Top Five Industry Groups

Also, in the top five industry groups were based upon total percentage of non-accrual, special mention and criticized loans were Transportation (air, water, and truck) at approximately 17% and Retail Trade at approximately 13.5%. Within Transportation, airlines and cruise ships made up the majority of problem loans. In the Retail segment, non-store direct sellers including “lunch wagons” were the most significant non-accrual totals. But, the lowest overall totals, whereas general merchandise retailers had the highest percentage of total outstandings in this “stack” but lowest level of non-accruals. Given that this group has the highest total of loans outstanding, it may be a leading indicator for where the highest potential for problems exists.

CRE is exhibiting similar trends but seems to be lagging a bit to the C&I portfolio. Overall, non-accruals were at 0.29% in May 2020 but reached 1.28% by January 2021. As one might expect based upon C&I results, the lodging sector is exhibiting the largest negative non-accrual trend. After being flat through May of 2020 at 0.5%, non-accruals rose to nearly 9% by year end 2020. The bad news does not stop there. 45% of the lodging portfolio outstandings is made up of non-accrual, classified, and special mention loans. This is likely an indication of more issues on the horizon.

Retail and healthcare show similar characteristics as non-accrual represents 1.8% and 1.5% of their respective group. Total non-accrual, classified and special mention at 7% and 6%, respectively. CRE trends overall have shown a relatively flat percentage of special mention and classified loans. However, the trend has been a shift away from special mention into classified suggesting an ongoing deterioration.


So, what conclusions might we draw from these numbers? I suppose the glass may be half full as the negative trends in the C&I portfolio appear to have moderated or stabilized. The glass may be half empty for the CRE world as the sectors with the largest totals of non-accrual, special mention, and criticized loans are seeing a deteriorating quality trend. Surprisingly, the Office segment has not seen a significant increase in nonaccruals to date. However, special mention is the largest portion of the adversely rated portfolio which may be a crystal ball if it follows the pattern of other industry segments.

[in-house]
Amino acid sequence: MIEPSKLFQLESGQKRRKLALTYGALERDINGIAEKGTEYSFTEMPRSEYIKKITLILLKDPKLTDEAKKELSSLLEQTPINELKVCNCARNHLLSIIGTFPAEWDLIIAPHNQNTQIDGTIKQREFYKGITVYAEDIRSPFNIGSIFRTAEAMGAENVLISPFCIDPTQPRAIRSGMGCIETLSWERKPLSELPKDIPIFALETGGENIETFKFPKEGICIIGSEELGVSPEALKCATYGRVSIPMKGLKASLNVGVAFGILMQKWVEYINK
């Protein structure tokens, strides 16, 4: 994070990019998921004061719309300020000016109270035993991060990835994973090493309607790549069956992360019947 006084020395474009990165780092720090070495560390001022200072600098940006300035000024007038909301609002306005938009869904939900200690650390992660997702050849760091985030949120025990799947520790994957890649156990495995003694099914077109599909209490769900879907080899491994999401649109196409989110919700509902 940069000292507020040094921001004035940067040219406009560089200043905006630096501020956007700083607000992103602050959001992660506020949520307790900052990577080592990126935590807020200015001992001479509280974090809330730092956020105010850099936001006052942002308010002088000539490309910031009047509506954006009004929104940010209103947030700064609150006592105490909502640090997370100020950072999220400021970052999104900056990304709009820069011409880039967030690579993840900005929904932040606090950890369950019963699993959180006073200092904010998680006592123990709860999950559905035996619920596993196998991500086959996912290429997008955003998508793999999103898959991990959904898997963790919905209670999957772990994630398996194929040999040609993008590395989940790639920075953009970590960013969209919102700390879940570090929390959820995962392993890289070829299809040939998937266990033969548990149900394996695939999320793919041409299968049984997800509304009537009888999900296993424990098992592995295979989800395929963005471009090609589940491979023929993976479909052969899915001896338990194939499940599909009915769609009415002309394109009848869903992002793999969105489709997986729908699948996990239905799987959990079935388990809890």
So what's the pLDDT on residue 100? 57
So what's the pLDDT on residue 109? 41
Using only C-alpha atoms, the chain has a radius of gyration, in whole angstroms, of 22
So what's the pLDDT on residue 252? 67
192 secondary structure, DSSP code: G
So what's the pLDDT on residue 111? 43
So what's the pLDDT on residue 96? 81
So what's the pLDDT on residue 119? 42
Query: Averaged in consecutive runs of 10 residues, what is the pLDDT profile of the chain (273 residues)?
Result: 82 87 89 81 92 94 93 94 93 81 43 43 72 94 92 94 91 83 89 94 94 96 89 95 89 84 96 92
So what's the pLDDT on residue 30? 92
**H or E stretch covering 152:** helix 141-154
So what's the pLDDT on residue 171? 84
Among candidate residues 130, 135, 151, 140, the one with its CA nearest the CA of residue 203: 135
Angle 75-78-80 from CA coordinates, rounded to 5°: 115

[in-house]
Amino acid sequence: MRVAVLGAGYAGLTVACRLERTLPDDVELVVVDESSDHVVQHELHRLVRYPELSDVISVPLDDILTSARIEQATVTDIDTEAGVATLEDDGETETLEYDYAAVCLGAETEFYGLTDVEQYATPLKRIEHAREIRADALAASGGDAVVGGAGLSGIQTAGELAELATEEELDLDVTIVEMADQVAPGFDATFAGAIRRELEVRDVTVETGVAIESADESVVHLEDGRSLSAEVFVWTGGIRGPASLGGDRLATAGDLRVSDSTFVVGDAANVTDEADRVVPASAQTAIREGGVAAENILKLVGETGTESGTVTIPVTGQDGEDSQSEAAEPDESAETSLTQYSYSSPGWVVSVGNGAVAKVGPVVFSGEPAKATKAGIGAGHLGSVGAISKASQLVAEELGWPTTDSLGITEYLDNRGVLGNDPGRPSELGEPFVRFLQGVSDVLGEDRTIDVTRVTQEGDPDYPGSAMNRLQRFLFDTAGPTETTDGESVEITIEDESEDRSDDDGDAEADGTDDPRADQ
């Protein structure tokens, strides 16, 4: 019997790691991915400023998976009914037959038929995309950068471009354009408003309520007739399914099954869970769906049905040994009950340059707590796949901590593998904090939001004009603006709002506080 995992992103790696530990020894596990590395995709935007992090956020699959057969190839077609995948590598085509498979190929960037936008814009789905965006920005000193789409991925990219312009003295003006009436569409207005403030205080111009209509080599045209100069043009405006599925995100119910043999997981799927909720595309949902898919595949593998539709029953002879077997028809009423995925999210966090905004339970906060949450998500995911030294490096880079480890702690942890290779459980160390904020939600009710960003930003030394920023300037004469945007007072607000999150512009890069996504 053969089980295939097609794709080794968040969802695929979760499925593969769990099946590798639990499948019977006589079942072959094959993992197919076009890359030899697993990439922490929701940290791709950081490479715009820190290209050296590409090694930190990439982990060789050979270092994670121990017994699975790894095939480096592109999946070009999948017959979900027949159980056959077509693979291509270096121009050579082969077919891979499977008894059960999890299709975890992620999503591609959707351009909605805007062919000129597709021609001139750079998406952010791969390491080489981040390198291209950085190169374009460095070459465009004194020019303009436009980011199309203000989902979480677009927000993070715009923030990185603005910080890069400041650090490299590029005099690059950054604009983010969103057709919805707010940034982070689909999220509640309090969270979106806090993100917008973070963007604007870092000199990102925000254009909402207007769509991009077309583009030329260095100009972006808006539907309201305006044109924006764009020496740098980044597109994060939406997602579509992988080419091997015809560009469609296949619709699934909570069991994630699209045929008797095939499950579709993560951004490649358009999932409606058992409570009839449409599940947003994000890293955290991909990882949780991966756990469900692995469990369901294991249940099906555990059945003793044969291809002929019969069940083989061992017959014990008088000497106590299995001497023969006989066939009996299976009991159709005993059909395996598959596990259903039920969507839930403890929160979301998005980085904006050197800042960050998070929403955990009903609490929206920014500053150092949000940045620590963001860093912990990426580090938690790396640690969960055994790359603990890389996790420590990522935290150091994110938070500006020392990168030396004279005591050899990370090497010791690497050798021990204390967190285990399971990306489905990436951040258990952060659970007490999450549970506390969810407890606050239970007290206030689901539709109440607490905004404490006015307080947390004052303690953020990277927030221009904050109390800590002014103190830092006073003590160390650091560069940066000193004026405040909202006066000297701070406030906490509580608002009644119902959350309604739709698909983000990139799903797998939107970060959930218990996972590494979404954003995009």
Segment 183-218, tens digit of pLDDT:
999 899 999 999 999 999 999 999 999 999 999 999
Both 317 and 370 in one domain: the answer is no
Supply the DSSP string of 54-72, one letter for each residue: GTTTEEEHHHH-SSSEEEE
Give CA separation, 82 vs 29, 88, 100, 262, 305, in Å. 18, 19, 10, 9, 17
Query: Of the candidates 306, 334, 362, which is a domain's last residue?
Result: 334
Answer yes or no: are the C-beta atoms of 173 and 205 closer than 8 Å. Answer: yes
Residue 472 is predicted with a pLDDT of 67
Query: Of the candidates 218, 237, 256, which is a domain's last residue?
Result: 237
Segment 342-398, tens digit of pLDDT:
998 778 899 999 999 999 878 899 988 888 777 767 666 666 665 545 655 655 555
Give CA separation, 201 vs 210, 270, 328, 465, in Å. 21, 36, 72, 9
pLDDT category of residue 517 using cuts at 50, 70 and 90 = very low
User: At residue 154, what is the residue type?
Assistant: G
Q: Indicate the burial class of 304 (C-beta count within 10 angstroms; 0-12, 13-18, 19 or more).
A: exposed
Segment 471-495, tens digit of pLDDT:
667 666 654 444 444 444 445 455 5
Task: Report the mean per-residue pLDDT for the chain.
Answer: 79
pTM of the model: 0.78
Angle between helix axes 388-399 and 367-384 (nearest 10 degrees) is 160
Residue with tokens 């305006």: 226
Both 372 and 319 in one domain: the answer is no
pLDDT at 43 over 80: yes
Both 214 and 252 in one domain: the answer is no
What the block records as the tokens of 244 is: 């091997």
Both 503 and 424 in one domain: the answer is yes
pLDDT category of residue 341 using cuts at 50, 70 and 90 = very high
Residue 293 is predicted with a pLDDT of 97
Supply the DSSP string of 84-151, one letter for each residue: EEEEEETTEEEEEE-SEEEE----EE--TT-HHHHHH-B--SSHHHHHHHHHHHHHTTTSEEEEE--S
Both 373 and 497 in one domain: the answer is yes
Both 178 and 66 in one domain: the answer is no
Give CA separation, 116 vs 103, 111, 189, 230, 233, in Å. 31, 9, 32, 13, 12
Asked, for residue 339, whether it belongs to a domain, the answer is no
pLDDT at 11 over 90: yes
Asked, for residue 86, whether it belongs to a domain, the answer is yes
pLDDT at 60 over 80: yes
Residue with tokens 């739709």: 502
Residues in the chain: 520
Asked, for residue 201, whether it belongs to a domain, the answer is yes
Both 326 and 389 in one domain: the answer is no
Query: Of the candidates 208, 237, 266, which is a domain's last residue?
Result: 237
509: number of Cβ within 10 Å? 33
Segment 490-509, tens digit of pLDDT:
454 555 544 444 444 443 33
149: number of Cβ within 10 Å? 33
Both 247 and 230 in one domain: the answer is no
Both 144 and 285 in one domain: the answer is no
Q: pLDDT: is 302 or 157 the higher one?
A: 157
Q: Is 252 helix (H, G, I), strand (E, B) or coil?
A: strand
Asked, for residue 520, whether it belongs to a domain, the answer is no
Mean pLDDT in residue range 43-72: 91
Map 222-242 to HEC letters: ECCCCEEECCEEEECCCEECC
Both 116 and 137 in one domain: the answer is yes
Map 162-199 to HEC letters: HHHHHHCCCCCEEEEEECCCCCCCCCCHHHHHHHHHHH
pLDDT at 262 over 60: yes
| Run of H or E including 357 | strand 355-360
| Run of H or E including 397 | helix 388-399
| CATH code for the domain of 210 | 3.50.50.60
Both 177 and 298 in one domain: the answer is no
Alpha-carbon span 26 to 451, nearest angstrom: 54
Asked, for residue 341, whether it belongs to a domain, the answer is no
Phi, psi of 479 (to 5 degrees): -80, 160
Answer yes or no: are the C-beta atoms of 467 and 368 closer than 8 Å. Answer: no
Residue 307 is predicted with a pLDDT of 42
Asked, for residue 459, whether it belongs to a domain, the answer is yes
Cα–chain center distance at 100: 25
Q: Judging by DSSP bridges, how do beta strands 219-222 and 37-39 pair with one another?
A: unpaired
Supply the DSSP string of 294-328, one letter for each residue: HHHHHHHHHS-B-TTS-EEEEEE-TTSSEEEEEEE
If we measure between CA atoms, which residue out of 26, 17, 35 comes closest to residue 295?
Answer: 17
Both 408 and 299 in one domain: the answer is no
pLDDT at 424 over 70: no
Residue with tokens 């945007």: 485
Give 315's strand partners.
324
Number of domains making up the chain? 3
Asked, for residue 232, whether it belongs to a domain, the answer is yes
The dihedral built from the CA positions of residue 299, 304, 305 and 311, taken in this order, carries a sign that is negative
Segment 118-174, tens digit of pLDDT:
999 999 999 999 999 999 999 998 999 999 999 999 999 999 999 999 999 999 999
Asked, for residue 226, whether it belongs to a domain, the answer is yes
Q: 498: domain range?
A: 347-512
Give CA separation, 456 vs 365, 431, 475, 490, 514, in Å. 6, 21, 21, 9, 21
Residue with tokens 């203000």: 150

So, what about our original questions?

No, it does not appear that the light you see is a freight train about to run us over. From a credit quality standpoint, we may have turned the corner as it relates to the C&I portfolio (not to say we will not see some future deterioration). However, there are industries within the CRE portfolio showing migration to higher risk profiles. They will require a long-term recovery (if at all). So, while we may not be out of the woods, we can certainly see the edge of the field.


Richard Rudolph is Senior Consultant at Enlighten Financial, a specialized consulting firm that focuses on loan review and risk management services to community banks and credit unions. Enlighten Financial has made it our business to shed light on the complex financial landscape. We lead clients in the right direction. We work with financial institutions and other providers to mitigate risk. To talk to Rick directly, please call: 920.445.8133.